It seems a very odd claim to make—you’ve invented a railway wheel that steers itself, surely that’s what the track is for? But what if the train’s wheels always aligned themselves to the optimum position on the track?
The ActiWheel is a computer-guided wheelset which we’ve borrowed for our future tech exhibition Innovation Platform:
“ActiWheel doesn’t use traditional axles. Instead, every wheel is given its own motor so it can function independently. A computer-based system controls these autonomously, responding to real-time track data to eliminate these issues. No cracks, no noise, no damage.”
Find out more about Innovation Platform, where you can see the ActiWheel on display until 11 December.
So, why could the ActiWheel be so important?
You would still get all the benefits of a railway (which basically is a way of guiding heavy objects while also reducing the energy needed to move them) and lower the maintenance costs of both train and infrastructure. Also, by controlling the interaction between the wheels and the track you would need less energy to power a train, particularly on curves as there would be less friction. On a curve the rails have to work hard to guide a train as there are centrifugal forces at play pushing the train to one side. Indeed, when a train goes round a sharp curve you often get a horrible screeching sound which is the noise of the flange (the outer edge of the rail wheel above the cone shaped part) grinding against the edge of the rail. With a guided wheel system this should cease. At the same time, you would reduce maintenance costs as the wear on train wheels would become predictable, and there would be less wear on the track.
A guided wheel system should also reduce ‘rolling contact fatigue’ (RCF), which rails may suffer from due to interaction with the wheel. RCF generally appears as small cracks in the rail head and without treatment (by grinding the rail to remove the affected part of it) rails can break. On curves, RCF is called ‘gauge corner cracking’ a phenomenon that track engineers are acutely aware of and not least because of a terrible accident that happened on the East Coast Main Line over 20 years ago.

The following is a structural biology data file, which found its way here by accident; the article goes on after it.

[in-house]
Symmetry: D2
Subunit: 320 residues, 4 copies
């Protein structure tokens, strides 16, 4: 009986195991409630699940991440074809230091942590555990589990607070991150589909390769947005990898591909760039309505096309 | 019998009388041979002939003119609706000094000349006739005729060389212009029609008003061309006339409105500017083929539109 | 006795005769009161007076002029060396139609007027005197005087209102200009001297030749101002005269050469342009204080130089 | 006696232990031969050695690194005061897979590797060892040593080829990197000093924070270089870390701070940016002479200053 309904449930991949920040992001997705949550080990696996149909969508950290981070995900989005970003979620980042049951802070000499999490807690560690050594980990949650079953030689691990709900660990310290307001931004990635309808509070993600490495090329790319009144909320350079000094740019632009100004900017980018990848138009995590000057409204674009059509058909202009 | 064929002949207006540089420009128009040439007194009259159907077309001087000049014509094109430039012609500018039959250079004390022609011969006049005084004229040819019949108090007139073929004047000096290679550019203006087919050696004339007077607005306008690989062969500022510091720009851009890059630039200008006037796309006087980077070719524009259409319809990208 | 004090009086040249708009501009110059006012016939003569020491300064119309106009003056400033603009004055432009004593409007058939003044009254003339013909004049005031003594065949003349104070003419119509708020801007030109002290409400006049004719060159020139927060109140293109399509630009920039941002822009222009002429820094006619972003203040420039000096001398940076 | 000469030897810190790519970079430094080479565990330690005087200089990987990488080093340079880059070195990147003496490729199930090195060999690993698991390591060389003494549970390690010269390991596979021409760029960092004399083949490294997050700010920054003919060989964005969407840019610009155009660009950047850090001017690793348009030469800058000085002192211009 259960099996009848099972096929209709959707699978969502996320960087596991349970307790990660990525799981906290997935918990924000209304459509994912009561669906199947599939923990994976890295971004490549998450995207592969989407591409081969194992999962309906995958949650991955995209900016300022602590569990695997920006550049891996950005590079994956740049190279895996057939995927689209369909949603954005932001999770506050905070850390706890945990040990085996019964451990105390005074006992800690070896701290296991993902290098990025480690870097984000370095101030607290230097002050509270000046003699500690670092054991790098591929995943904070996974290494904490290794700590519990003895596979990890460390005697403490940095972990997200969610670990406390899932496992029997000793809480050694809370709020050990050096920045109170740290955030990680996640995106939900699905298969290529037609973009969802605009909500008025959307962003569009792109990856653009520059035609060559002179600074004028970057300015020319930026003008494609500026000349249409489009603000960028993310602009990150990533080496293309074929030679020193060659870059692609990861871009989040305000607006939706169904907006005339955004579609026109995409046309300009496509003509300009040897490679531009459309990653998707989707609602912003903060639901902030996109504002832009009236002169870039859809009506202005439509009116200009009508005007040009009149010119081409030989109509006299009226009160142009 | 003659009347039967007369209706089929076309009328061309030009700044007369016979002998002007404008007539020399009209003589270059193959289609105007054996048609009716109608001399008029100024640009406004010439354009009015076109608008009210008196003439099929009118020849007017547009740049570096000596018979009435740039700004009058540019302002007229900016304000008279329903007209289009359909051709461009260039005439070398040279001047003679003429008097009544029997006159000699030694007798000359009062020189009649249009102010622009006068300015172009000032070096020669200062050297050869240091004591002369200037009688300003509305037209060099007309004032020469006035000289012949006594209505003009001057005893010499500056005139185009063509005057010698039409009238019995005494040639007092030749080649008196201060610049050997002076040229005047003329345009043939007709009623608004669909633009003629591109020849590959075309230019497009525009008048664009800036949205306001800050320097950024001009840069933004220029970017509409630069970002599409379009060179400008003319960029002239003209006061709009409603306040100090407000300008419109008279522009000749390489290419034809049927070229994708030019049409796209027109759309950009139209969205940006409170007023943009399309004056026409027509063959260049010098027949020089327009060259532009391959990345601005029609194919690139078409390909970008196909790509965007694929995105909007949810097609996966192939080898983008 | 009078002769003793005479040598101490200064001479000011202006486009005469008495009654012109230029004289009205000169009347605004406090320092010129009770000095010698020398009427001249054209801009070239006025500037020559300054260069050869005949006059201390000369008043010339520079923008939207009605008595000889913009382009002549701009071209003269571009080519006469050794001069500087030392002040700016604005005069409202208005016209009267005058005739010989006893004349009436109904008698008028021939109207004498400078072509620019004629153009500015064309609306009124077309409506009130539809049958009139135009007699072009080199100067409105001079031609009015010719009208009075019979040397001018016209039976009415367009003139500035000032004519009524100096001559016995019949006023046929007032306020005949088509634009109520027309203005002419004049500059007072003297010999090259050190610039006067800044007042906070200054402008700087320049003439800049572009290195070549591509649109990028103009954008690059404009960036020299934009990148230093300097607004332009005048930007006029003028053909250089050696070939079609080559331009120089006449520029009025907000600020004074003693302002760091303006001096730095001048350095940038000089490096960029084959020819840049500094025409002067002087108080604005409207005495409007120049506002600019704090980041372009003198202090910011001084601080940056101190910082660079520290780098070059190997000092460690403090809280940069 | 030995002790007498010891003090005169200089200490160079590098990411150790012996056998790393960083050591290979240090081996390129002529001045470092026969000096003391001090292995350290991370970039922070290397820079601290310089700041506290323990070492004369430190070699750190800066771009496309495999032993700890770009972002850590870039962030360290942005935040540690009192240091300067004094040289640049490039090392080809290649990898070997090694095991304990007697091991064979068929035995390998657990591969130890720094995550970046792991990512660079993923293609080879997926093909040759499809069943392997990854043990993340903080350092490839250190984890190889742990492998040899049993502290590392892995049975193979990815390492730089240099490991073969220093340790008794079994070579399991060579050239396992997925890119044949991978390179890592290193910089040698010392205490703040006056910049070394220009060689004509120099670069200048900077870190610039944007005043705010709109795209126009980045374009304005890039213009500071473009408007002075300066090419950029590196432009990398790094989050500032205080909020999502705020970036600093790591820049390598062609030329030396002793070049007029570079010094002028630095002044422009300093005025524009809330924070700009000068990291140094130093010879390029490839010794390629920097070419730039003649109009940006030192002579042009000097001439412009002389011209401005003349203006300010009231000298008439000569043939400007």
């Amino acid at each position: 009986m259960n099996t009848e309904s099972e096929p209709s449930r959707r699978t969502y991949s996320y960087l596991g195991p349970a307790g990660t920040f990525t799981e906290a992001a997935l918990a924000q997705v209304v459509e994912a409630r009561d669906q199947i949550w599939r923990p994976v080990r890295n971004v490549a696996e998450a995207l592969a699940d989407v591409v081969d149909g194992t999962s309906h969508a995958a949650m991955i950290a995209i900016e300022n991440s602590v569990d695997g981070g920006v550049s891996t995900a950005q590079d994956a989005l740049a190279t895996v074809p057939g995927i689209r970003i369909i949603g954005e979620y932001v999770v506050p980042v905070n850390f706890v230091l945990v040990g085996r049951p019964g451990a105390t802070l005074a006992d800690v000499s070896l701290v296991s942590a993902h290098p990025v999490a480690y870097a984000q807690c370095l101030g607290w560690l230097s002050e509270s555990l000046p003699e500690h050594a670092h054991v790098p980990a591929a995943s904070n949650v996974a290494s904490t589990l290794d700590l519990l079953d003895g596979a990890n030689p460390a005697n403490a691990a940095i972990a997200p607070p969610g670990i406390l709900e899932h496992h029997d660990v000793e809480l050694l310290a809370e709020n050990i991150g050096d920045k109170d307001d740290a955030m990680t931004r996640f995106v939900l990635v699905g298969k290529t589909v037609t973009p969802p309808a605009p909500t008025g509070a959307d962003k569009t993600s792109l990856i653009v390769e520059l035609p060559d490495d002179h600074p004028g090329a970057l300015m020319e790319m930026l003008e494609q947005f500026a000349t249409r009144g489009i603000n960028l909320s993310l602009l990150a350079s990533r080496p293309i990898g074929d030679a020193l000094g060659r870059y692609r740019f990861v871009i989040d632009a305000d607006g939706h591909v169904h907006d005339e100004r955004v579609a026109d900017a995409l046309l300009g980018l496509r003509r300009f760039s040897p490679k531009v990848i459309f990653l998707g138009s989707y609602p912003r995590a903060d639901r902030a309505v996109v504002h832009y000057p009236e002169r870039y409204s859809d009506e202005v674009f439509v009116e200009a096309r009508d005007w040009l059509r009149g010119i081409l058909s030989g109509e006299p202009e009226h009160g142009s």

The Hatfield crash in October 2000 killed four people and injured more than 70. It was caused by rolling contact fatigue/gauge corner cracking because the rails concerned had not been properly maintained. The official investigation led to massive fines for those involved in looking after the railway infrastructure. In the immediate aftermath of the Hatfield crash, 1,800 speed restrictions were introduced, some of which lasted for over a year. In the days following the crash some train journeys took a similar amount of time to when the railway had first opened in the reign of Queen Victoria.
Ultimately Railtrack PLC was put into administration and Network Rail created—a government owned not-for-profit company to look after Britain’s railway tracks. The late Sir Alastair Morton who was at one time head of the Strategic Rail Authority said Hatfield caused ‘a collective nervous breakdown’ on Britain’s railways.
Following the accident, the Health and Safety Executive collected over 200 pieces of rail from the site to better understand what had caused the crash, in particular the factors relating to material science. Four of these pieces of rail ended up in the HSE Science Division store which holds objects involved in fatal accidents for 20 years, after which they are disposed of. The COVID-19 pandemic delayed the process of disposal which meant that when the HSE were contacted to see if by any chance they had any rail fragments that showed rolling contact fatigue/gauge corner cracking, they were able to let the NRM collect the four rail fragments from Hatfield.
These rail samples show what can go catastrophically wrong between a wheel and a rail, and why a new self-guided rail wheel might have an important role to play in the future of Britain’s railways.